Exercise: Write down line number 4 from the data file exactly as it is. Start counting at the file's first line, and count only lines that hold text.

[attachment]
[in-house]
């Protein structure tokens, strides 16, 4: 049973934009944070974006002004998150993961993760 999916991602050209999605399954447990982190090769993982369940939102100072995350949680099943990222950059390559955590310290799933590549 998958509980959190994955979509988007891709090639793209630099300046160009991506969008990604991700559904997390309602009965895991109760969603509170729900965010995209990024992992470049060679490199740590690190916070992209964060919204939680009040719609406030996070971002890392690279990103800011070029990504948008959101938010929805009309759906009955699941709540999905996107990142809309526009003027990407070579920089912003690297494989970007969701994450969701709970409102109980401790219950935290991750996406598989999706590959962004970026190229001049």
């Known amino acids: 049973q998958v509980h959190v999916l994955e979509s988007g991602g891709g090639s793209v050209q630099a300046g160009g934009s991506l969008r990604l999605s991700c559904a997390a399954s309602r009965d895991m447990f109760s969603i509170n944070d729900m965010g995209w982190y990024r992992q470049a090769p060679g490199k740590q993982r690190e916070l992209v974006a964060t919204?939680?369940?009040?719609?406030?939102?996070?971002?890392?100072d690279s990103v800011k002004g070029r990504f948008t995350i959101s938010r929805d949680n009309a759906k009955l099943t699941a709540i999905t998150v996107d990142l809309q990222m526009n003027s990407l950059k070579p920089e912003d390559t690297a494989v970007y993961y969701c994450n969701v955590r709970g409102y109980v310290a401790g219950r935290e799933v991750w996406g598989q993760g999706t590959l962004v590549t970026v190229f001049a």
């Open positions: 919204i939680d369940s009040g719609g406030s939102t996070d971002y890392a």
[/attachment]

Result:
């Open positions: 919204i939680d369940s009040g719609g406030s939102t996070d971002y890392a």